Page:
Mrs. Wilthric took her daughter's place at the table, looking suddenly weary as if fourteen years of raising children had risen to the surface all at once. Will saw through her primped looks and saw dark bags underneath her eyes and tired bones beneath her luxurious clothes.
She took a china teacup in her manicured hands, sipped it shakily and then shot a scornful look at her son. 'I wish you wouldn't irritate her so. You're old enough to know better, Andrel.'
Andrel rolled his eyes at her. 'It's not my fault she's so cranky lately,' he said, draining his glass of orange juice.
Mrs. Wilthric's eyes narrowed in a moment of malice that filled her with shame. 'That isn't her fault and you know it,' she said, looking down sadly. 'Do you honestly not care about what happens to her?'
‘It’s not my fault she’s so cranky lately,’ he replied, draining his orange juice glass,
Mrs Wilthric’s eyes narrowed at him momentarily, ‘that isn’t her fault and you know it. Do you honestly not care about what happens to her?’
Andrel shrugged nonchalantly, but Will knew that it was pretend, to in some way make himself feel better, or even make his mother worry less. Andrel worried about his sister, suddenly all of his strange reading choices over the previous year had made sense. He'd checked out dissertations on diseases, mystic encyclopaedias, never finding what he wanted. Even Matron - skilled in reiki healing - had heard of no way to eradicate the kind of malady his sister suffered with. Most of the books were hidden under his bed in the loft, and he only read them in front of Will, as if caring about Persephone was a closely-guarded secret.
Breakfast continued with Persephone still shut in her room and the table eerily quiet apart from the clink of cutlery and glass. Mrs. Wilthric seemed plagued with worry and wonder, moving from her seat only to bring a new rack of toast or to refill the butter bowl. Abruptly, she looked up at Will and spoke.
'Will, could I ask you a favour?'
'Of course, Mrs. Wilthric,' he replied, half-choking with a mouthful of fried egg.
She took a deep breath, apprehensively continuing. 'As a prince, you come into contact with important people, don't you?'
Andrel and Arlamus looked at their mother from across the table with confusion. Will thought how he should answer. 'Not very much now. We're being kept out of the public eye. There hasn't been much chance...'
'I see...' she said, disheartened,
'Why do you ask?'
'It's just that...' her knuckles whitened around the teacup, '...I know it might be asking too much, but it crosses my mind that royalty have the best medical care in all of Maegard, and...'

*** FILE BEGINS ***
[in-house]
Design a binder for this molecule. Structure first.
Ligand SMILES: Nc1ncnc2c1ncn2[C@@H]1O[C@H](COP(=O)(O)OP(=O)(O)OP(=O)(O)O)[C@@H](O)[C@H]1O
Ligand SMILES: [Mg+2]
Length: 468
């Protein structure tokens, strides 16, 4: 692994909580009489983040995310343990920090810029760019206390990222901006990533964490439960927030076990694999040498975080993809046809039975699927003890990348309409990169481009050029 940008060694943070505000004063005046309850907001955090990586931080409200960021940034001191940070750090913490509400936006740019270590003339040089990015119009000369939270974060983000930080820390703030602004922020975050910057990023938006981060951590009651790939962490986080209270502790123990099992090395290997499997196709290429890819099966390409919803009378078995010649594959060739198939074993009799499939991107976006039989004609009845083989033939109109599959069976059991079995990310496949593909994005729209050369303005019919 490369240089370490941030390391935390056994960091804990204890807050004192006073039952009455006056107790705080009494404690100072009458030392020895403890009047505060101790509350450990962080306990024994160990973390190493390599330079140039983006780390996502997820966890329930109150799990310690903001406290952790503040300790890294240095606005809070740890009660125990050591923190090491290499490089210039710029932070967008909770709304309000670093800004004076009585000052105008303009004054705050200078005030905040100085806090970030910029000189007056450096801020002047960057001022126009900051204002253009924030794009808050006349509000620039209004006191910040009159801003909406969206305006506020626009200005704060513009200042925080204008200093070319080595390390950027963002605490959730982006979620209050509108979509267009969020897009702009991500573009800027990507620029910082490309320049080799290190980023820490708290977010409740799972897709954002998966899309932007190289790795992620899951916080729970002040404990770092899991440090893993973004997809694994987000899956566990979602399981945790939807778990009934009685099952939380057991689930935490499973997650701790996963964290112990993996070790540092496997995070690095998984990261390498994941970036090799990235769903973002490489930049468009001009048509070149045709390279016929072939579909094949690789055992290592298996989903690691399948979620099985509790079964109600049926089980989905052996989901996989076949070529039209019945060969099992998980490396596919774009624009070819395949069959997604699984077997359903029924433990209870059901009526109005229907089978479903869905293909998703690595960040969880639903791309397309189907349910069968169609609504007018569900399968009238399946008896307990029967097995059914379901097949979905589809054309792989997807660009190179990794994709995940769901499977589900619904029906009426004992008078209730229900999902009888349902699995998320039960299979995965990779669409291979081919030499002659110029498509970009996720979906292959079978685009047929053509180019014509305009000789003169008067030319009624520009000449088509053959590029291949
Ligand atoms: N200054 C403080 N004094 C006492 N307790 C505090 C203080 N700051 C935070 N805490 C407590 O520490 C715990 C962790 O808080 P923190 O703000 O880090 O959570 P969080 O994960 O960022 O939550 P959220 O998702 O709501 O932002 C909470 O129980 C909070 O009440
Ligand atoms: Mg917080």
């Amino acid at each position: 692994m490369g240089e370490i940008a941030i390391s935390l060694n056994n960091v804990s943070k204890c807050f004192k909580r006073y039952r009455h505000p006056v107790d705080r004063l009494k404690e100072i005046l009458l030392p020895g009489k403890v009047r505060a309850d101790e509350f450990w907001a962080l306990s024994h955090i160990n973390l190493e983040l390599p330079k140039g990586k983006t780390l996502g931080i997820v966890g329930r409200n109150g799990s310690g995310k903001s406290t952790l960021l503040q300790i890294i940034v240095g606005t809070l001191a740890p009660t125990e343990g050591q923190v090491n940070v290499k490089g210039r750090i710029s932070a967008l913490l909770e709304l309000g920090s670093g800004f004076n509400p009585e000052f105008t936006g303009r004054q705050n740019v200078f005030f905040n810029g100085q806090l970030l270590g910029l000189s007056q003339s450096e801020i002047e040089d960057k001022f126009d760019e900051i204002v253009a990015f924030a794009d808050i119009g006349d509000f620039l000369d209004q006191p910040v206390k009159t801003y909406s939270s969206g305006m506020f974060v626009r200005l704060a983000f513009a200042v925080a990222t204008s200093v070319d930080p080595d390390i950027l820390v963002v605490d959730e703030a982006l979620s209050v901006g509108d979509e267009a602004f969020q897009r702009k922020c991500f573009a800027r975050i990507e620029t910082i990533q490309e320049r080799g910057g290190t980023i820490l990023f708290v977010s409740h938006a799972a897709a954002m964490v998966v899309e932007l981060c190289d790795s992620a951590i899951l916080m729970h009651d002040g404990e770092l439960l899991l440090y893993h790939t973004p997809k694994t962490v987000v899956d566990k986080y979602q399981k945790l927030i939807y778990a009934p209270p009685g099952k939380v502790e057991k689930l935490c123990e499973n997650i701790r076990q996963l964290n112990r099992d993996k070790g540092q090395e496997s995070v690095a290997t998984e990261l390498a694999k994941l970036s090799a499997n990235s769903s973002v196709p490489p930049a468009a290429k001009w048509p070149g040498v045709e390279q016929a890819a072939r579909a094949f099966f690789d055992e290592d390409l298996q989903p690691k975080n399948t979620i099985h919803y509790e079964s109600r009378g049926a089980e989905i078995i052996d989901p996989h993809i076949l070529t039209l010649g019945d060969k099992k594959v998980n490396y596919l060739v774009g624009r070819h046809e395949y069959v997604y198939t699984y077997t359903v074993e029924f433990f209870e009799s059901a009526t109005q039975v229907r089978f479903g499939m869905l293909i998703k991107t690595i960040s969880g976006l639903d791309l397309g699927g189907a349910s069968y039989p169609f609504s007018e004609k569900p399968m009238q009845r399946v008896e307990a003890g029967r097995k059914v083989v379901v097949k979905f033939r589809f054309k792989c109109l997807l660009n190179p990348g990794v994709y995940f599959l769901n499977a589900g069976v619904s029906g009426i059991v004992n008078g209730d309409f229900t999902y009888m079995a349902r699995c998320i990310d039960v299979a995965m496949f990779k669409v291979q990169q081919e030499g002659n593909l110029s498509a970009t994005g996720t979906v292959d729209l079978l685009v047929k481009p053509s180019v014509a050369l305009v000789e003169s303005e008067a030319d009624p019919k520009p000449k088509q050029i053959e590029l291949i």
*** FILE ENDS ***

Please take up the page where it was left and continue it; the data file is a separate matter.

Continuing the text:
'Be serious, Mom,' said Andrel, cottoning on. 'Do you honestly think that a royal physician could do more for Seph than the hundreds of specialists we've already tried -,'
'Yes, I do!' she snapped. Andrel flinched, the boys were all shocked that she had raised her voice so. 'They think I'm stupid, but I'm not. All of those "specialists" don't try with Persephone. They've already made up their minds that she should be quarantined or put to sleep like a common dog!' Her anger subsided and she looked at Will kindly. 'I understand it would be difficult. You may not want anything to do with the Wilthrics once you're coronated...but if you ever have the chance...could you mention that -?' She choked on her voice with sobs. 'I'm sorry,' she sniffed. 'I'm being too emotional. It's just that I don't know what to do anymore. I - I'm afraid that -,'
Before she could become more upset, Arlamus slid out of the bay and wrapped his arm around his mother, his arm lax with awkwardness. 'Cheer up, Mother,' he said, his voice cold with calculation. 'It's not as if Persephone's fully transformed. Even if she always has a scar and a slight mutation -,'
'No,' she said curtly, scaring him off. She shook her head. 'I don't want her to stay like this forever. I know it's probably vain of me, but the world is cruel, and Persephone is so innocent, she won't be able to understand why people treat her so differently. I want them to see her as my daughter, not a monster, and if that means trying to change her...then so be it.'
Will knew he had to say something, not just as the boy with royal blood, but as a prince. He sat up and looked her square in the eyes, his foot tapping nervously under the table. 'Mrs. Wilthric, first of all, I don't think any less of you for asking. I'm your guest and I owe you for your hospitality. I want to help Seph, it doesn't matter to me whether I'm coronated or not. If - when - I get the chance, I'll make sure she's helped.'
She beamed, her eyes creased happily. 'Thank you, Will. Thank you.'